IN A NORTH Queensland aged care facility, a nurse is helping an elderly resident. The Enrolled Nurse of 30 years bathes the woman, puts on a fresh nightie and smooths back her hair.
She talks to the mother-of-four who was born in the 1930s and lived through the second World War.
She discusses the weather, the cold mornings and cloudless, sunny days while quietly monitoring her condition.
The woman is tired, her eyes closed and breathing labored. The nurse explains her family were just in the room, that her daughters and grandchildren came with flowers and photos and stories full of affection.
She says her daughters will be back any minute.
“It’s clear this woman is loved,” the nurse says.
“I’m extremely grateful to work in a facility that allows me the time to properly care for residents. “But I know this is rare. Understaffing in aged care facilities everywhere means most elderly Australians don’t get the love and dignity they deserve.
“Just imagine the clothes this woman has washed and the meals she’s cooked, not to mention the advice and hugs she has given her kids.
“She was a young woman once and one day we will be her. I hope we receive the care and dignity we deserve because at the moment, most people don’t.
“I’m lucky where I work, because we have enough staff to spend time with our residents. But I know that at most facilities the conditions are so bad that, one Registered Nurse can be left to look after more than 100 residents.
“That means little or no time for basic hygiene, let alone conversation. Aged care in Australia is a national disgrace and that’s why I’m campaigning for change.”
The nurse is one of many QNMU members campaigning to improve Australia’s aged care system.
In Queensland, more than 100 QNMU branches between Cape York and Coolangatta recently signed up to become community aged care activists. These branches were from every health sector, including aged care, public and private.
The pledge took place at our Annual Conference, where each branch was asked to commit to helping with the campaign by identifying activities they would conduct in their local areas.
Branches pledged to hand out bumper and wheelie bin stickers, host afternoon teas, and spread the word at the hairdresser and shops.
In fact, since the Australian Nursing and Midwifery Federation (ANMF) launched their Ratios for Aged Care – Make them Law campaign on 12 May, more than 5000 Queenslanders have signed up to become aged care activists. That’s more campaign volunteers than any other state or territory — and the numbers continue to rise.
People are speaking out.
Tired of inaction and the blame and shame culture in aged care — where aged care providers have traditionally held all the power while distributing blame — aged care staff, residents, relatives, communities, suburbs, towns and cities are openly discussing and reporting elder neglect due to under staffing.
The media are following suit, running articles and stories aimed at the aged care providers and federal politicians responsible for the lack of laws around staffing in Australia’s 4000-plus privately run aged care facilities.
“For the first time I feel change is coming,” said Lorraine Rock, an Enrolled Nurse from Proserpine who recently signed the branch pledge at Annual Conference.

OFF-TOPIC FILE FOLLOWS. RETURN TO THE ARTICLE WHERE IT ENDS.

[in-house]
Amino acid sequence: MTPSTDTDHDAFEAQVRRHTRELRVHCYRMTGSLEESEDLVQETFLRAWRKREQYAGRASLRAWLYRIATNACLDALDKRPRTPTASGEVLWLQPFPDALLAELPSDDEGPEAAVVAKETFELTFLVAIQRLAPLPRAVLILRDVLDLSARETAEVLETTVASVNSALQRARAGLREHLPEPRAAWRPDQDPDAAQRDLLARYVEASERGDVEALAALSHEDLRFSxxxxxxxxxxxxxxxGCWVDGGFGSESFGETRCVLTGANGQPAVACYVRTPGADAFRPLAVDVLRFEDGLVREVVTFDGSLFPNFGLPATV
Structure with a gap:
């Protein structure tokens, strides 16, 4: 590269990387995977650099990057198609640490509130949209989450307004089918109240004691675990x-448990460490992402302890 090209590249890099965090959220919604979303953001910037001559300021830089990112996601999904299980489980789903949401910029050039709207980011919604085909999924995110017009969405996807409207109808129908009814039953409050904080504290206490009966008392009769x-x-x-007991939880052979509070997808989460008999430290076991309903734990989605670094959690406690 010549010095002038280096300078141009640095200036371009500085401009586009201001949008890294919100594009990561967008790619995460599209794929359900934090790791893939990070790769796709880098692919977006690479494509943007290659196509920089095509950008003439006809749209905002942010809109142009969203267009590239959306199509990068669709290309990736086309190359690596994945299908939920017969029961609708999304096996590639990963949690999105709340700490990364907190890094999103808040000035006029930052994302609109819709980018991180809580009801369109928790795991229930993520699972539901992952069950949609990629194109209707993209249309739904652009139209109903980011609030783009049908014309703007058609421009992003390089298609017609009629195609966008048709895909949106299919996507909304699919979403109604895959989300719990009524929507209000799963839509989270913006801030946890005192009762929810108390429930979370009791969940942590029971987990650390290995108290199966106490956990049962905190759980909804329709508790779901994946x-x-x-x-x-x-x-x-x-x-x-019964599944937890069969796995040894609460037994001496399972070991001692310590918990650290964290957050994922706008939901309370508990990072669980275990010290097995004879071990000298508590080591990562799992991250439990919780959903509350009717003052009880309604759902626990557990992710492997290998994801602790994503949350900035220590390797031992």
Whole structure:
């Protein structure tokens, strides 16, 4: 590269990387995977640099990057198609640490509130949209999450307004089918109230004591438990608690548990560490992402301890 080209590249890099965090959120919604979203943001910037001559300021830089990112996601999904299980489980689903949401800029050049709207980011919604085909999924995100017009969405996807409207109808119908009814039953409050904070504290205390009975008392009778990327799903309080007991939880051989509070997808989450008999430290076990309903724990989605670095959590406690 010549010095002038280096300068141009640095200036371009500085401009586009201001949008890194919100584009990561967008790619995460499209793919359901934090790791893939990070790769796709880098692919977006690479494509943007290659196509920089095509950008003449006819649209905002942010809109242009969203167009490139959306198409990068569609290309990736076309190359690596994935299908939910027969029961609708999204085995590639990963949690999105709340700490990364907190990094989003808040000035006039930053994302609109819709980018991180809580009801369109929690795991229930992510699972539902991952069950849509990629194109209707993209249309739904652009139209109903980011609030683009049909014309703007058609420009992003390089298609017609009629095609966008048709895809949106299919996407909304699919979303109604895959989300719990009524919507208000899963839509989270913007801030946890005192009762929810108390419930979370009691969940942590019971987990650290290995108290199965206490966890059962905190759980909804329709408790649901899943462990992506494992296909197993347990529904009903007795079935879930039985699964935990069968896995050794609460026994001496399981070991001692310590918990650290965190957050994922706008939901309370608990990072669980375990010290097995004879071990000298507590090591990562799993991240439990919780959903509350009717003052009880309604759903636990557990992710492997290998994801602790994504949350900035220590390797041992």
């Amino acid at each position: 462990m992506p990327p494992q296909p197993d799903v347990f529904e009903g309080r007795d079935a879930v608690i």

“I am lucky to work at a facility that is well-staffed, but we could always use more resources.
“Every aged care nurse knows there are elderly people out there who have lived long and productive lives, yet they’re growing old without the care, dignity and respect they deserve. “These people helped build our nation so what kind of country are we if we don’t care for them properly? “In many facilities there are not enough staff to feed people, not enough staff to properly wash people. It’s unforgivable.
“The campaign for change in aged care underway right now is invigorating. I signed the QNMU’s aged care pledge because I really want the elderly to receive the care they deserve.
“I want all aged care nurses to be able to give that care.”
Politicians are picking up on the groundswell of support as well. Following Labor’s resounding victory in the recent Longman by- election, Opposition Leader Bill Shorten listed aged care as a priority issue ahead of the next federal election.
And on 25 July, just two months after the ANMF launched the campaign, Australian Medical Association President Tony Bartone detailed aged care understaffing as one of the major reasons one third of doctors were expected to stop or reduce visits to aged care facilities by 2020.
The situation can no longer be ignored. Our campaign is gaining momentum.
To join our campaign and become an aged care activist, visit www.morestaffforagedcare. com.au
Currently, there are no federal laws that state how many nurses or carers are required at any given time to deliver safe resident care. There’s not even a requirement for a single Registered Nurse to be on site.
As a result, many of Australia’s 4000-plus privately-run aged care providers staff their facilities as they see fit.
The QNMU has repeatedly stated elderly Queenslanders and Australians are experiencing unnecessary pain, suffering and premature death as a result of chronic understaffing.
The QNMU will not rest until the federal government, which has responsibility for the majority of Australia’s aged care facilities, makes safe staff levels law to protect the elderly and those who care for them.
Originally published in Queensland Nurses & Midwifery Unions – Inscope Magazine